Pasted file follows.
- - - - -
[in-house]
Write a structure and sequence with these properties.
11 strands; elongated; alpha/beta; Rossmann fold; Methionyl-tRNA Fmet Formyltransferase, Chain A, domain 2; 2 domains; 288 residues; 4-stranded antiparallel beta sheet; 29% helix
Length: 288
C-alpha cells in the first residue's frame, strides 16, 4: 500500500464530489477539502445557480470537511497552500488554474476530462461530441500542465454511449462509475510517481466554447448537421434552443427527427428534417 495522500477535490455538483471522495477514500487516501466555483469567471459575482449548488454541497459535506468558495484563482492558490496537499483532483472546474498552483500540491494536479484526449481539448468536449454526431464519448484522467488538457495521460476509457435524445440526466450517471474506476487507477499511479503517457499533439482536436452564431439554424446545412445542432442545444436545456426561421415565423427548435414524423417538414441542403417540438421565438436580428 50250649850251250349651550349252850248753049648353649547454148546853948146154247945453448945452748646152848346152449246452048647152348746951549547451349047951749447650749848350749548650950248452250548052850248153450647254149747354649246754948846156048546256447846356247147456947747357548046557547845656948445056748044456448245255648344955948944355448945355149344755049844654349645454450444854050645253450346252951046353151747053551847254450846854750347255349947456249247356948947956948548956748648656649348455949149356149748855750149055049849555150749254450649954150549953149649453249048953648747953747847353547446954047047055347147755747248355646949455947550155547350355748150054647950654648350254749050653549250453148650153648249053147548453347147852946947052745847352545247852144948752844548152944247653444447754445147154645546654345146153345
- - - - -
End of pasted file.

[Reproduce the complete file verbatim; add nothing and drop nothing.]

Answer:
[in-house]
Write a structure and sequence with these properties.
11 strands; elongated; alpha/beta; Rossmann fold; Methionyl-tRNA Fmet Formyltransferase, Chain A, domain 2; 2 domains; 288 residues; 4-stranded antiparallel beta sheet; 29% helix
Length: 288
C-alpha cells in the first residue's frame, strides 16, 4: 500500500464530489477539502445557480470537511497552500488554474476530462461530441500542465454511449462509475510517481466554447448537421434552443427527427428534417 495522500477535490455538483471522495477514500487516501466555483469567471459575482449548488454541497459535506468558495484563482492558490496537499483532483472546474498552483500540491494536479484526449481539448468536449454526431464519448484522467488538457495521460476509457435524445440526466450517471474506476487507477499511479503517457499533439482536436452564431439554424446545412445542432442545444436545456426561421415565423427548435414524423417538414441542403417540438421565438436580428 50250649850251250349651550349252850248753049648353649547454148546853948146154247945453448945452748646152848346152449246452048647152348746951549547451349047951749447650749848350749548650950248452250548052850248153450647254149747354649246754948846156048546256447846356247147456947747357548046557547845656948445056748044456448245255648344955948944355448945355149344755049844654349645454450444854050645253450346252951046353151747053551847254450846854750347255349947456249247356948947956948548956748648656649348455949149356149748855750149055049849555150749254450649954150549953149649453249048953648747953747847353547446954047047055347147755747248355646949455947550155547350355748150054647950654648350254749050653549250453148650153648249053147548453347147852946947052745847352545247852144948752844548152944247653444447754445147154645546654345146153345